When looking at your forecasting for the new year, try to use whatever historical sales data you can to create a baselin and better project needed inventory levels. At the same time, consider implementing practices that prepare your inventory for flexibility in the face of uncertainty. Your delivery, takeout, and curbside business may require a different kind of inventory.
You can try to run a streamlined inventory by strategically limiting menu items. Work with your vendors to see if you can order different levels of products. And to keep your menu flexible for particularly perishable items, you can also promote specials that can use up surplus ingredients.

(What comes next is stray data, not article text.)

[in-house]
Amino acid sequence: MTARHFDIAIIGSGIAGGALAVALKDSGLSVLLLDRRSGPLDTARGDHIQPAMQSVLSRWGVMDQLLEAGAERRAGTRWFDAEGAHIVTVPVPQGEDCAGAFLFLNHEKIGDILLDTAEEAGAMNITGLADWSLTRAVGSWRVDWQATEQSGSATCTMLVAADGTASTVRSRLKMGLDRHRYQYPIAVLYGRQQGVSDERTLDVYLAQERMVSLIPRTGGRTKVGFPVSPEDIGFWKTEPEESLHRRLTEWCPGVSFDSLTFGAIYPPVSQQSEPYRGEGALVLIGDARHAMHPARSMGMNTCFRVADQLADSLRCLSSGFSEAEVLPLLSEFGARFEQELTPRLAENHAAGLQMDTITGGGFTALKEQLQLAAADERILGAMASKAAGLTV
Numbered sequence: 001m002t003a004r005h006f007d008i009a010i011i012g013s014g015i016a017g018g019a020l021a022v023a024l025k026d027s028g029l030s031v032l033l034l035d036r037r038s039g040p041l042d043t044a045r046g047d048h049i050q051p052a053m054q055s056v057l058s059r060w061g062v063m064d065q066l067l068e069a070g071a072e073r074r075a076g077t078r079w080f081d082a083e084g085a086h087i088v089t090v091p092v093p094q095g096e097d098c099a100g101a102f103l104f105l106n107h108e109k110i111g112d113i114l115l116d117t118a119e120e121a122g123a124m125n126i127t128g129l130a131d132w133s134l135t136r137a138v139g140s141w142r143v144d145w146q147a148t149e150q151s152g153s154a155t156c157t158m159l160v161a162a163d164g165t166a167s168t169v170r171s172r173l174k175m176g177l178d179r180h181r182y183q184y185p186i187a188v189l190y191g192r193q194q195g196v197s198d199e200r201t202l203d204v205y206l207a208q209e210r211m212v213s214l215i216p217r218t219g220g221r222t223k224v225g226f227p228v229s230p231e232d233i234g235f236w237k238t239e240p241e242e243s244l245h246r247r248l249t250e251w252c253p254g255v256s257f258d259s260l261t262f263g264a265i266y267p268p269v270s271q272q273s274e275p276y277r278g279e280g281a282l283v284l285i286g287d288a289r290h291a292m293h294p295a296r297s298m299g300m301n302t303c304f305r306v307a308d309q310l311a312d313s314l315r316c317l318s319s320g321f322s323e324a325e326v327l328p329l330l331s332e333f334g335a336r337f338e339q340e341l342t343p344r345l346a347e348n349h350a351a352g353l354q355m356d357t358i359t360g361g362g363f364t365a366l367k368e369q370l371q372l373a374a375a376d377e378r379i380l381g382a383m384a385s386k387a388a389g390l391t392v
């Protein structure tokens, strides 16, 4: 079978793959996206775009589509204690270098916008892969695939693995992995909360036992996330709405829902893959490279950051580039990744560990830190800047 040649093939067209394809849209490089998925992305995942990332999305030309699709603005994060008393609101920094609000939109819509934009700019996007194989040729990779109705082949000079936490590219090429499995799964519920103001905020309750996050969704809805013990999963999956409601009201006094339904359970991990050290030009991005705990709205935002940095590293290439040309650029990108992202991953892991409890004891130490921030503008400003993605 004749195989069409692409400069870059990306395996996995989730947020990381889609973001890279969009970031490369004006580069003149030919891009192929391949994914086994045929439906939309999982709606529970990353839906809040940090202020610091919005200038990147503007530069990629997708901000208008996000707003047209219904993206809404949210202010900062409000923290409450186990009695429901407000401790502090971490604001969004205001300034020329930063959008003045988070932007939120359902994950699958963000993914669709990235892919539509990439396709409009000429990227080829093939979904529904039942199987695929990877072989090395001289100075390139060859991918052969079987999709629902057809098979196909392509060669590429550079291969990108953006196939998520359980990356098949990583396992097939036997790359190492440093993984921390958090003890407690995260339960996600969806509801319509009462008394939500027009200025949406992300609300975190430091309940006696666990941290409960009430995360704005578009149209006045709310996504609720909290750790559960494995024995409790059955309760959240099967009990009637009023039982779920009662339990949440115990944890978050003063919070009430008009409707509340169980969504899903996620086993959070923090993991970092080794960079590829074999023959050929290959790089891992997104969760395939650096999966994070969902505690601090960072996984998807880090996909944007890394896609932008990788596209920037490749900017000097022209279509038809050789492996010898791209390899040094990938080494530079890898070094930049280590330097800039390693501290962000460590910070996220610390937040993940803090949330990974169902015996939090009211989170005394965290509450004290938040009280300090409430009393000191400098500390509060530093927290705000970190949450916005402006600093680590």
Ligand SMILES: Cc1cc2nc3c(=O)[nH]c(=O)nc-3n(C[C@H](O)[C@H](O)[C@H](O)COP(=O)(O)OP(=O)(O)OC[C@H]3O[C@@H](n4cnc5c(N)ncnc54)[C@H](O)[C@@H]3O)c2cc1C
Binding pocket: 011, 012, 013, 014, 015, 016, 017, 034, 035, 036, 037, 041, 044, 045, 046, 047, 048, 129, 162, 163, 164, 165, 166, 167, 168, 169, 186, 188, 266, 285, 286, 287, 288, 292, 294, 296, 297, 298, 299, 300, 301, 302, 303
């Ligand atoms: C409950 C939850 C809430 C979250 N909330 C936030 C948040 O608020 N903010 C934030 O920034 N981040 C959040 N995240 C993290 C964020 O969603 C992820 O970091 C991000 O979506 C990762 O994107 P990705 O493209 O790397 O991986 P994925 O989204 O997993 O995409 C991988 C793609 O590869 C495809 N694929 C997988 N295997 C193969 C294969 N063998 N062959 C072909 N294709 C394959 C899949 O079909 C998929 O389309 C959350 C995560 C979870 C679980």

As you plan for your next year of restaurant operations, you’re probably looking at all different areas of your business, from labor to equipment. However, because your food cost is such a large portion of your budget, spending some dedicated time examining your food cost percentage can pay dividends to your restaurant business. With these tips in hand, you’re better prepared to optimize and streamline your food costs this year and beyond.
If you’d like to equip your store-level managers with inventory management tools, recipe costing, and sales forecasting to help control food costs in your restaurants, consider an all-in-one restaurant management system, now with the new Smart Ops Release. Restaurant365 incorporates restaurant accounting software, restaurant operations software, inventory management software, payroll + HR software, and scheduling software into a cloud-based platform that’s fully integrated with your POS system, as well as to your food and beverage vendors, and bank.